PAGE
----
After writing and directing several shorts and selling a script about the wives of soldiers missing in action during the Vietnam War (what became Mark Robson’s Limbo from 1974), Joan Micklin Silver was frustrated that she couldn’t get hired to direct a feature film. After all, directing short films was a possible path in those days to the “New Hollywood,” a magnet for independent-minded auteurs then making the new American classics. But a woman at the helm? That was a bit too maverick for the studios, as Silver was reminded again and again. “[Features] are expensive to make … and women directors are one more problem we don’t need,” an executive told her.1 In her lively 2003 account of the women directors and producers who forged a narrow new path in film and television, Mollie Gregory characterizes Hollywood’s nonsensically chauvinist mindset decades after the likes of Alice Guy, Lois Weber, Dorothy Arzner, and Ida Lupino had already occupied the director’s chair: “… by 1973, women did not make movies. They acted in them.”2 Shut out of the studios, Silver went all-maverick and conceived of a story that she could make on her own for about $350,000, the largest budget her real estate developer husband, turned instant producer, estimated he could raise for her.

Silver had assimilation stories on her mind, having recently written and directed a short drama for television about Catholic immigrants from Poland in the early 20th century. Part of her research for The Immigrant Experience: The Long Long Journey (1972) included Abraham Cahan’s 1896 novella Yekl: A Tale of the New York Ghetto about Old World-New World tensions between a Jewish immigrant couple, and she decided to adapt it, shifting focus from Yekl to his wife, Gitl, a quietly observant woman alarmed at the brazen Americanisation of her husband whom she’s joined belatedly from Russia. Silver had been asked by her television producer not to write about Jews, “too atypical,” he said,3 but she had grown up hearing about how her parents fled poverty and pogroms for a better life, in particular her father who was 12 years old when he came over and immediately had to work even though he did not speak a word of English.4 Now unconstrained, Silver could weave those memories into her adaptation with all their warm-hearted Jewish flavour intact. Behind her choice of subject matter was also a sentimental but pessimistic thought — if this was the only film she was ever going to get to make, she wanted it to honour her mother and father.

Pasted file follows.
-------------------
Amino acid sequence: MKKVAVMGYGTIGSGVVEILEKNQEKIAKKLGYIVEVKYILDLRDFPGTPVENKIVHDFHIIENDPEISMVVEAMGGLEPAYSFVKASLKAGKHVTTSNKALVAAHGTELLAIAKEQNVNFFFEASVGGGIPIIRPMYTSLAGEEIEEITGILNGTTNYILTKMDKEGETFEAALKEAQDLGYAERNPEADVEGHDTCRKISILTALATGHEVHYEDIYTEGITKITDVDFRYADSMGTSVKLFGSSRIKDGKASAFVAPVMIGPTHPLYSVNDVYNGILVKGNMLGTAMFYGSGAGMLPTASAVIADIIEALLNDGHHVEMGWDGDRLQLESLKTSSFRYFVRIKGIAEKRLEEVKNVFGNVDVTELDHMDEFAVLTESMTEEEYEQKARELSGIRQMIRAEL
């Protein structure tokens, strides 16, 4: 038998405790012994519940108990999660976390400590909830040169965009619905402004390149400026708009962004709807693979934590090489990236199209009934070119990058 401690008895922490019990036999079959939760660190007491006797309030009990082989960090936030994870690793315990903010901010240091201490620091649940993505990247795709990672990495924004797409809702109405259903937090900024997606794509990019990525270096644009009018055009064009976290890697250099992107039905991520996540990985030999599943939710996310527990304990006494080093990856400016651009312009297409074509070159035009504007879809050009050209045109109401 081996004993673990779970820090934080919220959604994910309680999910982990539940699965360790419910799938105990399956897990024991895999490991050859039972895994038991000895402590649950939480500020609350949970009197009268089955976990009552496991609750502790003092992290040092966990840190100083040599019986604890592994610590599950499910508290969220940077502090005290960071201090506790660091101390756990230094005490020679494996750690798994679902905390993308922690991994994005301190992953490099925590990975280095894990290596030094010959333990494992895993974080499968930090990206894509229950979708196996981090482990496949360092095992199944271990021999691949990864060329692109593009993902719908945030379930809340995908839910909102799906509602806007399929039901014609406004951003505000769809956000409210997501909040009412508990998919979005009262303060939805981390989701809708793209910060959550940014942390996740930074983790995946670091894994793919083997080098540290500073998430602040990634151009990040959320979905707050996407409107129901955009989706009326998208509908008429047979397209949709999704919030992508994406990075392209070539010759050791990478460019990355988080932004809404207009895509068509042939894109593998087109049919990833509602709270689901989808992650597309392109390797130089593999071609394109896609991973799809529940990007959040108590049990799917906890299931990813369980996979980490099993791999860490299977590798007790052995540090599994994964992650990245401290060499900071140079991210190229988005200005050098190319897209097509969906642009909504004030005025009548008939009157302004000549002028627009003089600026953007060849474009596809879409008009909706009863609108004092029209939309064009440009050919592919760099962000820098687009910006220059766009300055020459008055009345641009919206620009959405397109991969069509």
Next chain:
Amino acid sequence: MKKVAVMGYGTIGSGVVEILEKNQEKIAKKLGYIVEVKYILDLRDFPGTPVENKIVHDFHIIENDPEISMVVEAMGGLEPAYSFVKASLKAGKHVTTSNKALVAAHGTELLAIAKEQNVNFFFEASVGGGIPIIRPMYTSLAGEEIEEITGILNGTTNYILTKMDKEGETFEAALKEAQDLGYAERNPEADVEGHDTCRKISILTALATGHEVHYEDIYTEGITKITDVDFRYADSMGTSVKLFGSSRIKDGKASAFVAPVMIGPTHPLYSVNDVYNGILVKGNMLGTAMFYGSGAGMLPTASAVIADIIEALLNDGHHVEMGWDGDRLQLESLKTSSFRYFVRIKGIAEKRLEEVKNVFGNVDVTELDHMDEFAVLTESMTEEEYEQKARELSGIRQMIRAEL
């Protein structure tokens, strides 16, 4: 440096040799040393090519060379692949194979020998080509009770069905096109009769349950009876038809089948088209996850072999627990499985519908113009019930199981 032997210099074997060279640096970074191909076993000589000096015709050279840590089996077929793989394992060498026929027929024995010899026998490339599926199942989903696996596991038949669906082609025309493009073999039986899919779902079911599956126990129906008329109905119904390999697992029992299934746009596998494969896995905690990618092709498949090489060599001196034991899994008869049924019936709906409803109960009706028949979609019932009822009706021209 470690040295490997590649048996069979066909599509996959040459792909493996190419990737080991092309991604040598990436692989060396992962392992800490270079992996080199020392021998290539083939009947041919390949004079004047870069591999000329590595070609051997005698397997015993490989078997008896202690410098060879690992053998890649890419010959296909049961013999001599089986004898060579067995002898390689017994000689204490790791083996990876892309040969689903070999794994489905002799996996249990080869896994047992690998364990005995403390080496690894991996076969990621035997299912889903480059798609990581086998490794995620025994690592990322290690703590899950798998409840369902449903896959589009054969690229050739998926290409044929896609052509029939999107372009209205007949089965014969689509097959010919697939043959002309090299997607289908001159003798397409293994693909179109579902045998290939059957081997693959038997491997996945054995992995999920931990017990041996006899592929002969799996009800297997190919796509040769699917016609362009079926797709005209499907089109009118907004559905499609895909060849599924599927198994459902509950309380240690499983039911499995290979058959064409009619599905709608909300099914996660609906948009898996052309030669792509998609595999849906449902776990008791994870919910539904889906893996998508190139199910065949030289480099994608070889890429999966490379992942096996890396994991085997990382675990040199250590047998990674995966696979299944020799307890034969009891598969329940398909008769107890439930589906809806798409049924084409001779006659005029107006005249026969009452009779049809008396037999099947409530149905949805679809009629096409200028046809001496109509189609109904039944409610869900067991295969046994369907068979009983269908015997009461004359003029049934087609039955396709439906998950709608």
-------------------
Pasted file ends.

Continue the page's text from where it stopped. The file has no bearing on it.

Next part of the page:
She shot it in black-and-white in 34 days on a dressed section of Morton Street (the actual Hester Street was more “Hispanic” than Yiddish by then, she later said, and would have strained her small budget to prep)5, with interiors built at a local soundstage. The actor playing Bernstein, Yekl’s lodger and an important supporting character, dropped out at the last minute and was replaced by Mel Howard, originally hired for the crew. That he happened to be fluent in Yiddish was a stroke of luck as the players had been relying on recordings of their lines made by someone in Yiddish theatre. Low-budget concessions included lots of close camerawork particularly on exteriors, improvising the finale’s “crane” shots using balconies as perches instead,6 and painting the same horse different colours to give the impression that multiple animals pulled the carts and coaches along the street.7 Silver modelled her teeming sidewalks on archival images of the Lower East Side taken by Jacob Riis, with his famous shot of Mulberry Bend from 1899, and those of Lewis Wickes Hine, whose muckraking photographs about child labour included portraits of New York’s cigarette-smoking newsies.

She borrowed something else from that time, or at least an impression of that time, and begins the film by introducing us to Yekl in a segment reminiscent of silent-era cinema. As the title credits appear, couples twirl in a dance class overseen by an instructor also busy orchestrating the pairing of a balding man in spectacles with an ebullient woman in an equally ebullient hat. It is done without dialogue or ambient sound, set only to music, relaying everything through looks and movement, yet is rich in character development. The end of the sequence completes a gag, or rather, a twist on the “meet-cute,” when Yekl, who has been dancing the feather-hatted woman across the room, is revealed not as an interloper but a co-conspirator in the matchmaker’s scheme. Other sequences also have silent era echoes, even if the movie language represented is about 15 years too early for 1896.